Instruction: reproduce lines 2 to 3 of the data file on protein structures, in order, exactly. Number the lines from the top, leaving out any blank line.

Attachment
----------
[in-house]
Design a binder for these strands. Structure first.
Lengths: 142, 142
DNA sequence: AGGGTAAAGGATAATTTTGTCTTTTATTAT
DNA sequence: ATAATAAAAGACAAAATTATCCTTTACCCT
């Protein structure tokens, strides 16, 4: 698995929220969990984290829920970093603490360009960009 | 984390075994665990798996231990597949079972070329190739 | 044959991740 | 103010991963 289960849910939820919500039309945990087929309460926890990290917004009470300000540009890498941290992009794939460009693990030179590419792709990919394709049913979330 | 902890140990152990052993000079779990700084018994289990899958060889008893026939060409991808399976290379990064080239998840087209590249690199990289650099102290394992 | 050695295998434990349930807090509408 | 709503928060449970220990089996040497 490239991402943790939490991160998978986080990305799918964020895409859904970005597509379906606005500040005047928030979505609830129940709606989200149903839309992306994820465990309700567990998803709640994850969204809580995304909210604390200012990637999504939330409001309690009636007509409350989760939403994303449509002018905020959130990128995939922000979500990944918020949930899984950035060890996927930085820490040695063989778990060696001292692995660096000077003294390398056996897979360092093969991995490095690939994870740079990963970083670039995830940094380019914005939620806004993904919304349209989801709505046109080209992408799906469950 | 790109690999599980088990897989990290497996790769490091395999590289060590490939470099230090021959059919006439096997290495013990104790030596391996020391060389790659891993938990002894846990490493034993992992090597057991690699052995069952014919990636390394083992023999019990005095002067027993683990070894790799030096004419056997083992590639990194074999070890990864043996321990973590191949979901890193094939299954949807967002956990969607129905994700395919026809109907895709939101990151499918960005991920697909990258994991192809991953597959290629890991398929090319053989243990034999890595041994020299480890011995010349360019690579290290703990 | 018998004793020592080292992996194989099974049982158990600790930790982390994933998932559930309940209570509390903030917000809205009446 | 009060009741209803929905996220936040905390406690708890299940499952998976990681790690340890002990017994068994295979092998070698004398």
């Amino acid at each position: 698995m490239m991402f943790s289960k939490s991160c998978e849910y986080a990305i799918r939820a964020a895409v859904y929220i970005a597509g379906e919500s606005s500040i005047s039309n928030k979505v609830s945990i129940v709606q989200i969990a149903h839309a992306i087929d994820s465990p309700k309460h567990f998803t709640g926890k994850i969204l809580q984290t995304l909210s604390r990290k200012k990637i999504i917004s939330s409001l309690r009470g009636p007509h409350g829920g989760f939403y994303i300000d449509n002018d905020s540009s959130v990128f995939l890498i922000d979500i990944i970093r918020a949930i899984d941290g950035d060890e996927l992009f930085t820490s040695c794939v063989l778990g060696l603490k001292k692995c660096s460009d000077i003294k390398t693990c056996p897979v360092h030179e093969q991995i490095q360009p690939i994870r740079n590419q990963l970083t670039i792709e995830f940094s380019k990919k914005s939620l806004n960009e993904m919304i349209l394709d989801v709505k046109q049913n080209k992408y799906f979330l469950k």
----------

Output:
Design a binder for these strands. Structure first.
Lengths: 142, 142